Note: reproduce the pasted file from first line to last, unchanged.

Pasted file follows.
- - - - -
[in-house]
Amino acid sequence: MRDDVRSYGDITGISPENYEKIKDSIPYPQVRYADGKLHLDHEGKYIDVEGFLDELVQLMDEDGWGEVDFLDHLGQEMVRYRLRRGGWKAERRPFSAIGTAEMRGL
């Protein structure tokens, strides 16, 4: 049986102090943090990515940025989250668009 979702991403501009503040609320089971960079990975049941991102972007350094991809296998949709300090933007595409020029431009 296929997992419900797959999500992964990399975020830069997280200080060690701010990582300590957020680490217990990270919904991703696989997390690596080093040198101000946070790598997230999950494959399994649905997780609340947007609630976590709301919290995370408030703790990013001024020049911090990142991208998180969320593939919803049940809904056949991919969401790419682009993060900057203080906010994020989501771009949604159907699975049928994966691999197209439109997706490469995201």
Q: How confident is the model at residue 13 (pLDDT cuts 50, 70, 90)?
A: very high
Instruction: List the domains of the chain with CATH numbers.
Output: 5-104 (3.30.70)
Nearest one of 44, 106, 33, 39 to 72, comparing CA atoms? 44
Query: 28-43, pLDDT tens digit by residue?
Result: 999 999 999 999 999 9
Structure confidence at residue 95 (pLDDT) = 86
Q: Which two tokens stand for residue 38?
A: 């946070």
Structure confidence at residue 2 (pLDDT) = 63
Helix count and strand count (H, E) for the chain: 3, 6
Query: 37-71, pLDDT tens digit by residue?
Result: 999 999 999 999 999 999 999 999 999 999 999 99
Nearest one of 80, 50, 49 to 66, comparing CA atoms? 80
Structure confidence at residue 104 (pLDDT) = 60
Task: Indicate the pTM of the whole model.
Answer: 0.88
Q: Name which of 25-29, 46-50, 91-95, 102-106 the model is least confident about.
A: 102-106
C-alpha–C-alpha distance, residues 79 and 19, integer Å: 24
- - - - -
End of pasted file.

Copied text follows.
[in-house]
Amino acid sequence: MRDDVRSYGDITGISPENYEKIKDSIPYPQVRYADGKLHLDHEGKYIDVEGFLDELVQLMDEDGWGEVDFLDHLGQEMVRYRLRRGGWKAERRPFSAIGTAEMRGL
């Protein structure tokens, strides 16, 4: 049986102090943090990515940025989250668009 979702991403501009503040609320089971960079990975049941991102972007350094991809296998949709300090933007595409020029431009 296929997992419900797959999500992964990399975020830069997280200080060690701010990582300590957020680490217990990270919904991703696989997390690596080093040198101000946070790598997230999950494959399994649905997780609340947007609630976590709301919290995370408030703790990013001024020049911090990142991208998180969320593939919803049940809904056949991919969401790419682009993060900057203080906010994020989501771009949604159907699975049928994966691999197209439109997706490469995201």
Q: How confident is the model at residue 13 (pLDDT cuts 50, 70, 90)?
A: very high
Instruction: List the domains of the chain with CATH numbers.
Output: 5-104 (3.30.70)
Nearest one of 44, 106, 33, 39 to 72, comparing CA atoms? 44
Query: 28-43, pLDDT tens digit by residue?
Result: 999 999 999 999 999 9
Structure confidence at residue 95 (pLDDT) = 86
Q: Which two tokens stand for residue 38?
A: 């946070």
Structure confidence at residue 2 (pLDDT) = 63
Helix count and strand count (H, E) for the chain: 3, 6
Query: 37-71, pLDDT tens digit by residue?
Result: 999 999 999 999 999 999 999 999 999 999 999 99
Nearest one of 80, 50, 49 to 66, comparing CA atoms? 80
Structure confidence at residue 104 (pLDDT) = 60
Task: Indicate the pTM of the whole model.
Answer: 0.88
Q: Name which of 25-29, 46-50, 91-95, 102-106 the model is least confident about.
A: 102-106
C-alpha–C-alpha distance, residues 79 and 19, integer Å: 24